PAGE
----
Khalil was a fighter. He grew up training with his teammates, brother, and Papa at 5:30 AM before a full day of school and training again in the evening. He fought across the country for over 10 years and had a wicked spin hook kick, which his brother can tell you is a great way to see stars in the middle of the day. He was national champion more than once. But you’d never hear it from him. He was a gentle giant that didn’t fight for himself or for glory, he fought for others. He fought to make other people feel brave. If you’ve ever been a competitor in any sense of the word, you know that some people bring out the best in you just by being there. That was Khalil. He was there to make you feel like you could do it. Be it by making fun of you for getting tired or by giving you a hug before a fight, you couldn’t help but push a little harder because of the little things he would do.

Khalil loved his family, his friends, and his dogs -  and everything else was a nice to have. He had a tattoo for his Mama on his wrist, and would do anything to make her smile...which almost made his first day of work at Wonderland his last. A story that goes something like this: 

Wonderland Manager - “Welcome to your first day working at Wonderland. Any questions?”

Khalil - “I won’t be here this weekend because it’s my Mama’s birthday.” 

Wonderland Manager - “Oh you can’t do that, you need to give us more notice so we can put it on the schedule”

Khalil - “I’m just telling you I’m not going to be here.”

Wonderland Manager - “No I mean you cannot miss the shift, it’s too late to change the schedule.”

Khalil - “Yeah I’m still not going to be here.”

Wonderland Manager - “...okay, well...umm...we really need more notice next time.”

Khalil - “Okay.”

Khalil was never rude or mean, he was just straightforward and honest. He told you how he felt because he’d rather upset you than lie to you, a principle that is hard to live by but certainly invaluable in a friend, sibling, and son. Thankfully he was as tactful as he was true, and even when you didn’t want to hear it, you knew if Khalil told you something hard to hear it was said without a doubt, out of love.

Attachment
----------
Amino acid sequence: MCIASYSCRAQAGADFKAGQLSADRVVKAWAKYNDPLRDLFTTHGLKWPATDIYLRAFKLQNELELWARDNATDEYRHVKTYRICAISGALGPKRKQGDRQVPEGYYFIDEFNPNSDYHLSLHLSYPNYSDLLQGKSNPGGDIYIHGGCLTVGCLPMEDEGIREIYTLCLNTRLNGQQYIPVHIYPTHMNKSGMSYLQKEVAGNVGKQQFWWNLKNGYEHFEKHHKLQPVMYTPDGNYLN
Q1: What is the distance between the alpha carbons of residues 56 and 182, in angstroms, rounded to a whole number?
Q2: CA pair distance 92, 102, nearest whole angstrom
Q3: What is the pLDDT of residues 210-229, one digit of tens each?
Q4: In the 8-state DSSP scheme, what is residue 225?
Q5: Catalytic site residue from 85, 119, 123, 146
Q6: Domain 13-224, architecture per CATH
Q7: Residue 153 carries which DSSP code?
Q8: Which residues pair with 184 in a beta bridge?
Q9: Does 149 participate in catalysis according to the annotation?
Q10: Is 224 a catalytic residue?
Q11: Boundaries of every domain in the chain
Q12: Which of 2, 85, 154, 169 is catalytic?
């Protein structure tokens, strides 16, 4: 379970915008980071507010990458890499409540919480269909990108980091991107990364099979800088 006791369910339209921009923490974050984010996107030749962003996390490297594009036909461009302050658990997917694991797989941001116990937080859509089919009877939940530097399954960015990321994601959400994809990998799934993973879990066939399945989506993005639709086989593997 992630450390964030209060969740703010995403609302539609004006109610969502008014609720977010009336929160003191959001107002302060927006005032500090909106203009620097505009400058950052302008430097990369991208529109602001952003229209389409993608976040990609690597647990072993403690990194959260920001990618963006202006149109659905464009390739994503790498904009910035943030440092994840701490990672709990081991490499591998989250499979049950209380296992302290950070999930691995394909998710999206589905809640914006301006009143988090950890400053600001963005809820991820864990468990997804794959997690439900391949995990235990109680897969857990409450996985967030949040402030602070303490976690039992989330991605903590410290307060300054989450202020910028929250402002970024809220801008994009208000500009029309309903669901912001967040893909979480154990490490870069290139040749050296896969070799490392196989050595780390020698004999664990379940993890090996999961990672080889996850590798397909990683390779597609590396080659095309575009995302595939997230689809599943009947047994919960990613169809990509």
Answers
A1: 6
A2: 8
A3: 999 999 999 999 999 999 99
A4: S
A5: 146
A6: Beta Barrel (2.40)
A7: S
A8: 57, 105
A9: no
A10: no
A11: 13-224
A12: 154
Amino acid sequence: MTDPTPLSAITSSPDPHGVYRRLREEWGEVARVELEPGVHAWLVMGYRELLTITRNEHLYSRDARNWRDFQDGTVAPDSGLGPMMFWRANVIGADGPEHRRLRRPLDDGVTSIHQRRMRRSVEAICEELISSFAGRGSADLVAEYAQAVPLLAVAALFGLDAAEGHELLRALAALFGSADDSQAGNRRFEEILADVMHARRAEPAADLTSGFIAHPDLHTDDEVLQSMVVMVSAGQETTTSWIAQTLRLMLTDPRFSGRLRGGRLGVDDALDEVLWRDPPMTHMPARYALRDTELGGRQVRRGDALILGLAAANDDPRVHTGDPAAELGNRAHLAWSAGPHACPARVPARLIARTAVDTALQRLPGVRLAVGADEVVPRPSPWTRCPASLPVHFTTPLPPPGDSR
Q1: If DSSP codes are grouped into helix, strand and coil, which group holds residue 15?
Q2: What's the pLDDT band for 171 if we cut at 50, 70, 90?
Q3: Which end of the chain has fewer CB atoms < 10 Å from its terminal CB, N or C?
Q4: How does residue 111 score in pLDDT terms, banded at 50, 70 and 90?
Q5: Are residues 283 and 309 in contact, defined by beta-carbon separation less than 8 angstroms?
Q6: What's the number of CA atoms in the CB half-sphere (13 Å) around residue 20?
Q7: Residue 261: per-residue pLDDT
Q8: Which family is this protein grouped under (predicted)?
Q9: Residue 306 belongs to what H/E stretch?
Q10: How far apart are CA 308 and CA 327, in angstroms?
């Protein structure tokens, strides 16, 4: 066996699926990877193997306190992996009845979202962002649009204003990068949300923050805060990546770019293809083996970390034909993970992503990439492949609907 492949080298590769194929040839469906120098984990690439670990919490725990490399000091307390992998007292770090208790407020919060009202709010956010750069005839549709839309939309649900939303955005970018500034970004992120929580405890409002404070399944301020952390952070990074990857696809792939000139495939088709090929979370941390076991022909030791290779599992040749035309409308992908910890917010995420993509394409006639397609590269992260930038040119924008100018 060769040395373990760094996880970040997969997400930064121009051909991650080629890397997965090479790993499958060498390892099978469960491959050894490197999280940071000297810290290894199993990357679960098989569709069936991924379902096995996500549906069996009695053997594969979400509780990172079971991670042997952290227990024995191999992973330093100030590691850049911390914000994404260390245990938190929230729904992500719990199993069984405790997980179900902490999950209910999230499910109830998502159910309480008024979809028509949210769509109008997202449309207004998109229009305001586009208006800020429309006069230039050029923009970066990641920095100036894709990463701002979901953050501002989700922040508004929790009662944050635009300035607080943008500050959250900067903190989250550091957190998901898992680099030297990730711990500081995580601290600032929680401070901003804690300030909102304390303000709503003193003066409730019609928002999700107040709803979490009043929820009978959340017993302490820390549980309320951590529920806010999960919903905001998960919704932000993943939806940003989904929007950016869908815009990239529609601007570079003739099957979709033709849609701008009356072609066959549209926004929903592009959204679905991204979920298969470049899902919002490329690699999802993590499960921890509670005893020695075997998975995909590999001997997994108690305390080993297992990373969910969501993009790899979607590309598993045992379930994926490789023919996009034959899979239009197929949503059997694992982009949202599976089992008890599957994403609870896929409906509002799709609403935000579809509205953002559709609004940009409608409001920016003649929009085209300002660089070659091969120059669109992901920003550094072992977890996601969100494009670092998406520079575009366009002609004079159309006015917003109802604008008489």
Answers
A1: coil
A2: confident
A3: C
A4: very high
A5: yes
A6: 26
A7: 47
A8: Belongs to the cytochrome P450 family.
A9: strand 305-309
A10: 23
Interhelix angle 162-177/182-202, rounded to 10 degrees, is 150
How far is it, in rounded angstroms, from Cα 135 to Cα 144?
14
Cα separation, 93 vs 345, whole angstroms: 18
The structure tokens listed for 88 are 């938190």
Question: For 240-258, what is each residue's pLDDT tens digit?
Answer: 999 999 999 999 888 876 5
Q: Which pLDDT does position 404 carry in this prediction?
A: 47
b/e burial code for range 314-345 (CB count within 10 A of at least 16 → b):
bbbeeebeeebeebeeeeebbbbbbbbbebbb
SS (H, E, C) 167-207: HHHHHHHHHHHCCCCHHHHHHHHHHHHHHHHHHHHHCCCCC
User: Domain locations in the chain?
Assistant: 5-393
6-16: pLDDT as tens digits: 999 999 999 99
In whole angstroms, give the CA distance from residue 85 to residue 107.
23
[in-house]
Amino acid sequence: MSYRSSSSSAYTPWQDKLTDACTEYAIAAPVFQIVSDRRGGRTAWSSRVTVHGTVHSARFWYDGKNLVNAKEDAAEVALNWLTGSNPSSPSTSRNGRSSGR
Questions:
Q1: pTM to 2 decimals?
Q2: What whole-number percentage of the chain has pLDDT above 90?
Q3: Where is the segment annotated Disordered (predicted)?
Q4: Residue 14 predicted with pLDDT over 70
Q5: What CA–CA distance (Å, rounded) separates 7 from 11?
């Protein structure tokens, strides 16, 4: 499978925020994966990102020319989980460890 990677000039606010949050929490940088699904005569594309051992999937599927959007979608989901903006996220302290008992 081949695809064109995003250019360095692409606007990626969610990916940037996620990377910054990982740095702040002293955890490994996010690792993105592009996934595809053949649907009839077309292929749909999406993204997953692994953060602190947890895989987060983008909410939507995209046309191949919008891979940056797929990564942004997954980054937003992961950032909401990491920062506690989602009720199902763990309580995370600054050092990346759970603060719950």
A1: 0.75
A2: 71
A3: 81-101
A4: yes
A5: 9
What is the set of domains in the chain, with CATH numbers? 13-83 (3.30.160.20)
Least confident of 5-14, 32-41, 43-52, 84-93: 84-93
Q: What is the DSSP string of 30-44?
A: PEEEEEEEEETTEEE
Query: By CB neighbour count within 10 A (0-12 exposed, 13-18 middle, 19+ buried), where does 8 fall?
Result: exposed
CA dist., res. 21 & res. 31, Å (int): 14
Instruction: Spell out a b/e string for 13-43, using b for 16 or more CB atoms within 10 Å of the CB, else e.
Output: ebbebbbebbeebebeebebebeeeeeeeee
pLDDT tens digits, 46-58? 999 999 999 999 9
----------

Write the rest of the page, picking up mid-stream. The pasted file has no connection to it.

That’s what made his battle with OCD so difficult. More often than not, it was a battle no one could help him fight, no matter how much they wanted to. And for all the people he helped, time and time again, in ways big and small, it was incredibly painful to see him struggle to overcome an illness that used his greatest asset against him, his mind. It forced him to try and answer questions that had no answer, and for a mind like Khalil’s, an incredibly brilliant, thoughtful and curious mind, there could be nothing worse. But his struggle taught the people closest to him some of the most important lessons they would ever learn. He taught us that the harder things get, the more patient, kind, and willing to laugh you have to be. He loved video games, and believed that like in most games if things were getting harder, it usually meant you were going the right way. Things only get easier if you’re going backwards, or using cheat codes (both of which he had no time for). So he lived his life going forward, trying new things, and doing anything he could to play a little longer.